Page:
Highland lost what would have been its best returning soccer player, Ari Sanchez, to the new Real Salt Lake Arizona youth academy this winter.
Corona del Sol, the defending 5A Division I champions with one of the best teams in recent history, lost a lot to graduation. Then the Aztecs lost their top three returning players (Matt Bersano, Brian Hoyt and Casey Phillips) and a fourth contributor to the new Casa Grande academy.
Hamilton, which lost a thriller in the championship game to the Aztecs last season, lost one of its top three returners, Tanner Clay, who was also a standout receiver on the Huskies football team.
They’re all in Casa Grande to seek better competition and advance their skills with an eye toward the next level. The U18 program is where most Arizona, California and Utah kids are in, and of the 25-30 kids, 18 of them travel to competitions.
Meanwhile, the high school season closes in on next week’s state tournament without at least 5-6 elite soccer kids from the East Valley out of town. A figure that could keep growing.
“In terms of how it affects high school, it’s always dealt with this kind of stuff and survived just fine,” Gilbert coach Jeff Perry said.
There’s no doubt what Hamilton — once again a state championship contender — would have with Clay’s size and speed up front, not to mention his likeable personality.
Clay knew it was going to be hard on him. He’s close friends with current Huskies and has been in attendance at their games more than a few occasions this season.
The Hawks might not be trying to cling as tightly to one of the final playoff spots in the power points without the speedy Sanchez. Or that Corona has gone from universally great to outsiders in the playoff picture (though that kind of reversal has happened several times to schools in recent seasons).
Corona coach Dan Salas says the talent level is down a bit this year. Perry mostly agrees, though he noted the recent rise of 5A-II schools like Goodyear Millennium, Pinnacle and Phoenix Carl Hayden. Huskies coach Nick Markette rightfully points to the West Valley and Phoenix Metro schools who’ve emerged the last couple seasons, dangerous as ever.
That stuff changes annually, but with the club teams and now RSL academy siphoning of top-notch high school players during the winter, it’s hard not to wonder if high school soccer will continue to be further diluted because kids want even more elite training and better college exposure.
“If a kid decides it’s a better opportunity to get better training or whatnot, who am I to hold him back?” Salas said. “I want the best for the kid, not for me. I’ve had my high school experience in the sunlight. If you’re good, it doesn’t matter where you’re at, someone will find you.”
The former is possible if RSL — which lost its director and East Valley soccer icon Greg Vanney to a MLS coaching position early this month after less than a year of operation — can maintain its budgets and cache.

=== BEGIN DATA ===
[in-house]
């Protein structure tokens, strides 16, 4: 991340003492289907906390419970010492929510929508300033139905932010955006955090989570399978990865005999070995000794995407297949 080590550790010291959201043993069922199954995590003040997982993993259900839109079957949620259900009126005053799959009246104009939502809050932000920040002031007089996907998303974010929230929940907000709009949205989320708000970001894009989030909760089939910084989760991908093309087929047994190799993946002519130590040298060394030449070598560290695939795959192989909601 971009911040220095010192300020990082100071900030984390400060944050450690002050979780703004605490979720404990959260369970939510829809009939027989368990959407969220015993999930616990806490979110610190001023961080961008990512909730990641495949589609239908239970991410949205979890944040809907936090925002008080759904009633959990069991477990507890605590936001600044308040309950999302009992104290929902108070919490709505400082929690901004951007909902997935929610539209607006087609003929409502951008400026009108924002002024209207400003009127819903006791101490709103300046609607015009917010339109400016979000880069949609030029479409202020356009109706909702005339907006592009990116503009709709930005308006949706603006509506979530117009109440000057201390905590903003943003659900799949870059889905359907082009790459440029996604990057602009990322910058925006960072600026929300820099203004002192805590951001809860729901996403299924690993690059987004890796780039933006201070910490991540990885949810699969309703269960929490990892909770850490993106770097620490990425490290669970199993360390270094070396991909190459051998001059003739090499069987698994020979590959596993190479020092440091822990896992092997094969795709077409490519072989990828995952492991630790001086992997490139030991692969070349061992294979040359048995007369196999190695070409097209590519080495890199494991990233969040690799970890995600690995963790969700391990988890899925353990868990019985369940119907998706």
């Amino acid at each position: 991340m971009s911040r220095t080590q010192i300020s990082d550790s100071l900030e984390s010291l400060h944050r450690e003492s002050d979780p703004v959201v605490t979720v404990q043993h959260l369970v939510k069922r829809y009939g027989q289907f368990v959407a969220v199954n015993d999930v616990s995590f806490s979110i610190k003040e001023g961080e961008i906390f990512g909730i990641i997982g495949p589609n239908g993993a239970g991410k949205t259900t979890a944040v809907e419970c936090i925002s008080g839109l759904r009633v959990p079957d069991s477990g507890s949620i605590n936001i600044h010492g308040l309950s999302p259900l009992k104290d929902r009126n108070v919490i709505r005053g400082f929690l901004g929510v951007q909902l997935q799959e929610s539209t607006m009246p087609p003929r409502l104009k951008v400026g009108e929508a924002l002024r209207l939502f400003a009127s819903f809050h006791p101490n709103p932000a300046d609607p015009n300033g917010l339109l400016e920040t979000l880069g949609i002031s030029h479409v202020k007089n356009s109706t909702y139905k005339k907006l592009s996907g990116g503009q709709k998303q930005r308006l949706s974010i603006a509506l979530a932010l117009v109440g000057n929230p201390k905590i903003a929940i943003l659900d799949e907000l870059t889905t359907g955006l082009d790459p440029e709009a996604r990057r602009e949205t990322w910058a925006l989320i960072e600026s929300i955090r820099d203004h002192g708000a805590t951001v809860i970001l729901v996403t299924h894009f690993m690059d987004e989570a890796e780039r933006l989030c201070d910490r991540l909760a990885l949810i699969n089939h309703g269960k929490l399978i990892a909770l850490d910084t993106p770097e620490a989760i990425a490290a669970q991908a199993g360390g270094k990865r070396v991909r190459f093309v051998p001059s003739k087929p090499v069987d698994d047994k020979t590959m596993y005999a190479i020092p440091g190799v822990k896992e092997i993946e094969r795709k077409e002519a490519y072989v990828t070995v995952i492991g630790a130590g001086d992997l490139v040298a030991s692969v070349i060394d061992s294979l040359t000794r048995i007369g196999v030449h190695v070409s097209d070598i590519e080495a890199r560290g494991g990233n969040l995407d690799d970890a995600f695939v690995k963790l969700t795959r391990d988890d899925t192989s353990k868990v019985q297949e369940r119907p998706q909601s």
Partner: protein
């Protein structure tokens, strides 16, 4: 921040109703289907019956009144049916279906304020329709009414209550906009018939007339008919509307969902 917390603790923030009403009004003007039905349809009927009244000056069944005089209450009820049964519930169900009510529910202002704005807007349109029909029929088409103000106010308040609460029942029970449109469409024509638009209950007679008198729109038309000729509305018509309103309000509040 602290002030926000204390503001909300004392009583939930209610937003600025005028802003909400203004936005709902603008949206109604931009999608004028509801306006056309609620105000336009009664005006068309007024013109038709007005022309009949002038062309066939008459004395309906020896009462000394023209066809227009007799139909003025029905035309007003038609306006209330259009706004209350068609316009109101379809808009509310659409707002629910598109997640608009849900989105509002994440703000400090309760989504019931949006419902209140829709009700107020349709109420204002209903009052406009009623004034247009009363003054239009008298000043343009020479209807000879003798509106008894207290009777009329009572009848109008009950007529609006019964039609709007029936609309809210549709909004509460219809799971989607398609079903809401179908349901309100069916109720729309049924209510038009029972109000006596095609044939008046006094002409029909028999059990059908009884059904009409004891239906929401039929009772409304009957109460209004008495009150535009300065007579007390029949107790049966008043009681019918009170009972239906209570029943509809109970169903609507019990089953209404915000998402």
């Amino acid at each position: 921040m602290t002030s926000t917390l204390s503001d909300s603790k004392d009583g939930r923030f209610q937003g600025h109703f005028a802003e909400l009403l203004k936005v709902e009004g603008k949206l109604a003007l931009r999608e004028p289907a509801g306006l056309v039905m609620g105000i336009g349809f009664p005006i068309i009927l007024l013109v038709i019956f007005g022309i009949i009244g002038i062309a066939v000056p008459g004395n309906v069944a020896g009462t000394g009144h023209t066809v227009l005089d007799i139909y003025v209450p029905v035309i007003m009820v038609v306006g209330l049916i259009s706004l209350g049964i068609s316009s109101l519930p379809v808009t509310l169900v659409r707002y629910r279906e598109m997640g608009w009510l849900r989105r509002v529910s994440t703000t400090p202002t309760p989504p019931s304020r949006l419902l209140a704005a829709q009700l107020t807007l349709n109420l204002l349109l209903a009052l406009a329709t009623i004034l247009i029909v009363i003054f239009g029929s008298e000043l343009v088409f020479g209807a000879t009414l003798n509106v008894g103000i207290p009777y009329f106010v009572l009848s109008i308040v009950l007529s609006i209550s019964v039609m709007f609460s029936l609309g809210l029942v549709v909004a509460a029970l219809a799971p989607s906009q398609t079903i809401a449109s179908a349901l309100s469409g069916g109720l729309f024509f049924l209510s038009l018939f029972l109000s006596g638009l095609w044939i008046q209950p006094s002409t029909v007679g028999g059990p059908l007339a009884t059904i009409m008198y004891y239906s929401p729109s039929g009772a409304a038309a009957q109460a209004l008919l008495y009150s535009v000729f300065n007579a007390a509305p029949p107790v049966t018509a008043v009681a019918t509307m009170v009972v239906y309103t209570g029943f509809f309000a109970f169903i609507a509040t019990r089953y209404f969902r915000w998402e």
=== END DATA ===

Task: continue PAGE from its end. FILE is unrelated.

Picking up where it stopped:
But some high school coaches here scoff at the latter. There are more tournament opportunities to be seen in these winter months outside high school soccer, but Salas noted his hoard of talented kids in 2009-10 were noticed by both NCAA Division I and Division III colleges while playing high school.
It’s forced Salas, for one, to dramatically change his coaching style and philosophy for this season, one which has been trying to say the least.
“I like this level, this age group,” said Salas, who still communicates with his former players now at the academy. “The talent level is here, it’s not all the best players but you still can’t take away the experience and relationships you build.
“If a coach is unhappy his players are leaving, it’s selfish.”
Many believe the loss of kids during the high school season is worse on the girls side than the boys, and while that’s true. The boys are catching up with the RSL academies and reactive move of big-time clubs like Sereno and Del Sol merging to start their own academies to keep kids insulated in club ball.
This year’s version of 2009-10 Corona could be Brophy. Hamilton is really good. Gilbert is good again under Perry and had its largest number of kids during tryouts. Tucson Salpointe and the Yuma schools (Kofa, San Luis) are every bit as good as Valley schools this season.
We’ll see in the next two weeks whether the soccer scene has changed much from even a year ago, and whether that can fairly be labeled as the product of top kids practicing in the desert 30-50 miles out of town.
Those that remain know this much: You can still win a state championship, go to college and have a lifetime of positive memories and life lessons playing for the school down the street on chewed-up fields.
“I’m passionate about club soccer but I see the high school role,” Markette said. “The club and academy can’t provide opportunities to be and grow up by being a freshman, sophomore, junior, and senior. In high school, kids who are captains aren’t usually in club ball because of totally different dynamics. You learn how to wait your time and work your butt off without much return now, thinking something will come along down the road. You learn how to serve freshman and sophomores who aren’t your idea of ‘cool,’ but you still give them a ride after practice. Those roles aren’t replicated anywhere else.”